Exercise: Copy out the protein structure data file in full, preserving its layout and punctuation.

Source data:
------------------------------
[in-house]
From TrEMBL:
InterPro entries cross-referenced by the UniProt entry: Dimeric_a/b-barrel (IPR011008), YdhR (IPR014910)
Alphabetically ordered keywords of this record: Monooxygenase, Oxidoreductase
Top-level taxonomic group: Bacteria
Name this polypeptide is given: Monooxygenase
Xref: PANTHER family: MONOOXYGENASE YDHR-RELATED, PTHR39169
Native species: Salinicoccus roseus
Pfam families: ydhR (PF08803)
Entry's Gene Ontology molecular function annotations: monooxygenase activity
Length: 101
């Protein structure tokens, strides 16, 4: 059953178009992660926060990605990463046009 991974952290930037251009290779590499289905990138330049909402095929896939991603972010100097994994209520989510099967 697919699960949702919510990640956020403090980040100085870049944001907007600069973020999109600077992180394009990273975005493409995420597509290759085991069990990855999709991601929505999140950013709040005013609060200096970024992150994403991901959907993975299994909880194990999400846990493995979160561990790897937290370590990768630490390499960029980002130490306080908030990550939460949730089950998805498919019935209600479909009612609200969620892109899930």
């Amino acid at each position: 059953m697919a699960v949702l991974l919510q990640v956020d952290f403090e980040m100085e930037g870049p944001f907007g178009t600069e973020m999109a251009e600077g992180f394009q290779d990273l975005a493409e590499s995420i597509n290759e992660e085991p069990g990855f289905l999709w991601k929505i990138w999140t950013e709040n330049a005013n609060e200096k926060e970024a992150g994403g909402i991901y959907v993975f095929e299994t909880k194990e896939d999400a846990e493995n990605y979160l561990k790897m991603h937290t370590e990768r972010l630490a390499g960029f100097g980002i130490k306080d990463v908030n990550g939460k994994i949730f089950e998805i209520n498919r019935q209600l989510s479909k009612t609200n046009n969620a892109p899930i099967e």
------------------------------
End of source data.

[in-house]
From TrEMBL:
InterPro entries cross-referenced by the UniProt entry: Dimeric_a/b-barrel (IPR011008), YdhR (IPR014910)
Alphabetically ordered keywords of this record: Monooxygenase, Oxidoreductase
Top-level taxonomic group: Bacteria
Name this polypeptide is given: Monooxygenase
Xref: PANTHER family: MONOOXYGENASE YDHR-RELATED, PTHR39169
Native species: Salinicoccus roseus
Pfam families: ydhR (PF08803)
Entry's Gene Ontology molecular function annotations: monooxygenase activity
Length: 101
């Protein structure tokens, strides 16, 4: 059953178009992660926060990605990463046009 991974952290930037251009290779590499289905990138330049909402095929896939991603972010100097994994209520989510099967 697919699960949702919510990640956020403090980040100085870049944001907007600069973020999109600077992180394009990273975005493409995420597509290759085991069990990855999709991601929505999140950013709040005013609060200096970024992150994403991901959907993975299994909880194990999400846990493995979160561990790897937290370590990768630490390499960029980002130490306080908030990550939460949730089950998805498919019935209600479909009612609200969620892109899930």
């Amino acid at each position: 059953m697919a699960v949702l991974l919510q990640v956020d952290f403090e980040m100085e930037g870049p944001f907007g178009t600069e973020m999109a251009e600077g992180f394009q290779d990273l975005a493409e590499s995420i597509n290759e992660e085991p069990g990855f289905l999709w991601k929505i990138w999140t950013e709040n330049a005013n609060e200096k926060e970024a992150g994403g909402i991901y959907v993975f095929e299994t909880k194990e896939d999400a846990e493995n990605y979160l561990k790897m991603h937290t370590e990768r972010l630490a390499g960029f100097g980002i130490k306080d990463v908030n990550g939460k994994i949730f089950e998805i209520n498919r019935q209600l989510s479909k009612t609200n046009n969620a892109p899930i099967e």